all (the) afternoon

zaffy

Senior Member
Polish
Most grammar sources and dictionaries say we need to say 'all afternoon'. However, 'How English Works' by Longman says 'the' is possible.

'It rained all the afternoon and night.' - correct?
 
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  • Barque

    Senior Member
    Tamil
    It's grammatical but "all afternoon" sounds much more natural. You could however say throughout the afternoon, and there you would need "the".
     

    rhitagawr

    Senior Member
    British English
    Perhaps all afternoon refers to today and all the afternoon refers to an afternoon in the past.
    It's been raining all afternoon.
    On Tuesday, I spent all the afternoon doing my tax return.
    This is only a suggestion. Does Longman's say anything about this, Zaffy?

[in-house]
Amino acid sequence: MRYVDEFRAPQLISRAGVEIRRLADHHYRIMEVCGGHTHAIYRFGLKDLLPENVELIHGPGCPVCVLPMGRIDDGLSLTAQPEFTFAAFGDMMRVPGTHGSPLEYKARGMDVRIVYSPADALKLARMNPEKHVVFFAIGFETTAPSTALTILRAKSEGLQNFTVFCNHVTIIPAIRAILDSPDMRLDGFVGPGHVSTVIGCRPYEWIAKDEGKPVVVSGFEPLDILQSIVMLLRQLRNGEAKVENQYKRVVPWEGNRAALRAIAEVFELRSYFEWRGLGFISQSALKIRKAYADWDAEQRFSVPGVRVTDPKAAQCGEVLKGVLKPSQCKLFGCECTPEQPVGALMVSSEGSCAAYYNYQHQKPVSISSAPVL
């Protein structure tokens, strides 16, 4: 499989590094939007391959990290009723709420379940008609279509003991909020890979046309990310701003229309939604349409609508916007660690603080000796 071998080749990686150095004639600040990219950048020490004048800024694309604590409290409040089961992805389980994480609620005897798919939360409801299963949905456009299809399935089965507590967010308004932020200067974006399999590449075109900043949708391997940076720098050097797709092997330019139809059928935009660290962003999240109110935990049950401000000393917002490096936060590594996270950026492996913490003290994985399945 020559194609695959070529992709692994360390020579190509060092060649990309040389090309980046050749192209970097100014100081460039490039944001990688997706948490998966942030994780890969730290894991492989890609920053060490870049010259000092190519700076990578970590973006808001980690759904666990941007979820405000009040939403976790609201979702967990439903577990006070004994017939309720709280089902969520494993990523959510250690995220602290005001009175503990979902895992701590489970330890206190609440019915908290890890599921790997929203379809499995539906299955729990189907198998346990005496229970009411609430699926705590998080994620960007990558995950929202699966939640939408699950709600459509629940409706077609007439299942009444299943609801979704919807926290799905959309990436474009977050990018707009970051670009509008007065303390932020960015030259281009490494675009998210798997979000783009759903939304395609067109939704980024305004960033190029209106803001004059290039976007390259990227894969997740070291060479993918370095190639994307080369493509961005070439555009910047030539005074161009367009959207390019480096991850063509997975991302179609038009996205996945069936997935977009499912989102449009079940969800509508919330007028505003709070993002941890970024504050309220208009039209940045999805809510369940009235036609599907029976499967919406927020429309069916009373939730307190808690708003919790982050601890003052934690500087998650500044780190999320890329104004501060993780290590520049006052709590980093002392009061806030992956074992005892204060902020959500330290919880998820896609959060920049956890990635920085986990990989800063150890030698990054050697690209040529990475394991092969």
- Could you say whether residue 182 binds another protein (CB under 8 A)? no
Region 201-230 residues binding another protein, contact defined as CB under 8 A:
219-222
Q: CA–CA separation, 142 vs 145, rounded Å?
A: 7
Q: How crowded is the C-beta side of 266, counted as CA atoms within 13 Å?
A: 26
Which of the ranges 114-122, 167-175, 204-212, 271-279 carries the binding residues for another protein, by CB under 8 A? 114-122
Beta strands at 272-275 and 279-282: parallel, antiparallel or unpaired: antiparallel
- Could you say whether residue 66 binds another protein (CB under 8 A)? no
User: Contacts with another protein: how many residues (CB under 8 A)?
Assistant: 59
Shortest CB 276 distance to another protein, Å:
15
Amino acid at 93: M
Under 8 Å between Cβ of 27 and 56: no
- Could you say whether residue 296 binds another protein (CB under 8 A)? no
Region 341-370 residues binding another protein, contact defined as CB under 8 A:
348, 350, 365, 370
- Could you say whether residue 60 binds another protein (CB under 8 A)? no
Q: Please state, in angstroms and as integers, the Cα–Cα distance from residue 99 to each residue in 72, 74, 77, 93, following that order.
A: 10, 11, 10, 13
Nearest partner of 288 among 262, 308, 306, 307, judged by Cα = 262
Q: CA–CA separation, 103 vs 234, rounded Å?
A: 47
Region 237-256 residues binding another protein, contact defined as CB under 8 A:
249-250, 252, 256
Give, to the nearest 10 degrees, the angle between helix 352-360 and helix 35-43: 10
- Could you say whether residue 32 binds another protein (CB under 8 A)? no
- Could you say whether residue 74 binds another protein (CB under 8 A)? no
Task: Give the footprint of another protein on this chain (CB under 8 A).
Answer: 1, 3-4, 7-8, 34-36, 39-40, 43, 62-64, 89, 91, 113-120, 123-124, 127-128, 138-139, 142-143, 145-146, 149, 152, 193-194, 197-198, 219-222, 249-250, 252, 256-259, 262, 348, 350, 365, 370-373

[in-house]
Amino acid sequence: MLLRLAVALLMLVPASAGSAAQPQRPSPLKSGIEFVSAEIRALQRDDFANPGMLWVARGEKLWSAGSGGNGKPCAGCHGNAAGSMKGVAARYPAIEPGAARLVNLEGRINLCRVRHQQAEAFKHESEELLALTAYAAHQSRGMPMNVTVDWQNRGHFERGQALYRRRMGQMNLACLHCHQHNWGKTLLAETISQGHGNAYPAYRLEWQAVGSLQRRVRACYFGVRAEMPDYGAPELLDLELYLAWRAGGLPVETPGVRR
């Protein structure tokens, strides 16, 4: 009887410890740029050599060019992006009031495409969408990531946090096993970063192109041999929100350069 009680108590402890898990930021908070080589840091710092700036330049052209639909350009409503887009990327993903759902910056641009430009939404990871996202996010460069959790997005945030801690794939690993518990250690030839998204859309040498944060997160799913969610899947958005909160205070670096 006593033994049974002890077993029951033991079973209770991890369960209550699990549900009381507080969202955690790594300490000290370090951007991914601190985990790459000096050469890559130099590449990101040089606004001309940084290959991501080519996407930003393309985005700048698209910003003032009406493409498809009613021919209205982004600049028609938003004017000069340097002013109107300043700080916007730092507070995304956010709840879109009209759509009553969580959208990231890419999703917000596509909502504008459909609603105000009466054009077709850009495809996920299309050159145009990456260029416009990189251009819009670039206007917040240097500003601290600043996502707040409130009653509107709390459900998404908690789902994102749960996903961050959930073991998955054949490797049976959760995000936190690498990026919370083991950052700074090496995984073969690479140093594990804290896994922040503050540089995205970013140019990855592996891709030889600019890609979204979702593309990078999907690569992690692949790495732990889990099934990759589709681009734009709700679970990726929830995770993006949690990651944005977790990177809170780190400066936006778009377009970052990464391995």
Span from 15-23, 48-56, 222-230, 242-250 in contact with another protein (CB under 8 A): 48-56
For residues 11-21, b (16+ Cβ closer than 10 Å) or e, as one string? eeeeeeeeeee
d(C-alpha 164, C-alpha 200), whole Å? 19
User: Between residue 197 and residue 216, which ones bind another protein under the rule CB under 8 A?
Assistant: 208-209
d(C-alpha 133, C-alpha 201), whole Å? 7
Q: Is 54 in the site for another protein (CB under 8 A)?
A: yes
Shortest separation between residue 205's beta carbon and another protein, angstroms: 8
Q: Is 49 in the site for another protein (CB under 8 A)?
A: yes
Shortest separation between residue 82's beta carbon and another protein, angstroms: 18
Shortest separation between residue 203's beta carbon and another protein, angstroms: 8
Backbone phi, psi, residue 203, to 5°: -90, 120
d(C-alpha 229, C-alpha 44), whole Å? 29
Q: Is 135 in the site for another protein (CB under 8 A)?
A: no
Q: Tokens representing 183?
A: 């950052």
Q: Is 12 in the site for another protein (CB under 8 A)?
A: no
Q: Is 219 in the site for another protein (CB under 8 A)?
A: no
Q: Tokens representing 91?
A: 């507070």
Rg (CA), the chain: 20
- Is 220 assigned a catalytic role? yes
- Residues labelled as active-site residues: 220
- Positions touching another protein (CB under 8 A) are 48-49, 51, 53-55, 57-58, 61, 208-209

rhitagawr

    Senior Member
    British English
    A pity. I take Barque's point, although I wouldn't go all the way with him. As I say, I'd reserve all the afternoon to refer to a day which isn't today.
    I'd say It rained all afternoon on Christmas Day, but I don't think I'd regard it as a mistake if someone said ...all the afternoon...
    Perhaps it's like on Tuesday/on the Tuesday. On Tuesday means last Tuesday or next Tuesday. (You can tell which one by the tense of the verb.) On the Tuesday means some other Tuesday. We went to London for Christmas and we went to the British Museum on the Tuesday.
     

    rhitagawr

    Senior Member
    British English
    We went to London for Christmas and we went to the British Museum on Tuesday means we went to London for Christmas (which might have been six months ago) and we went to the British museum on Tuesday this week (or last week if you're speaking on a Sunday or a Monday).
     
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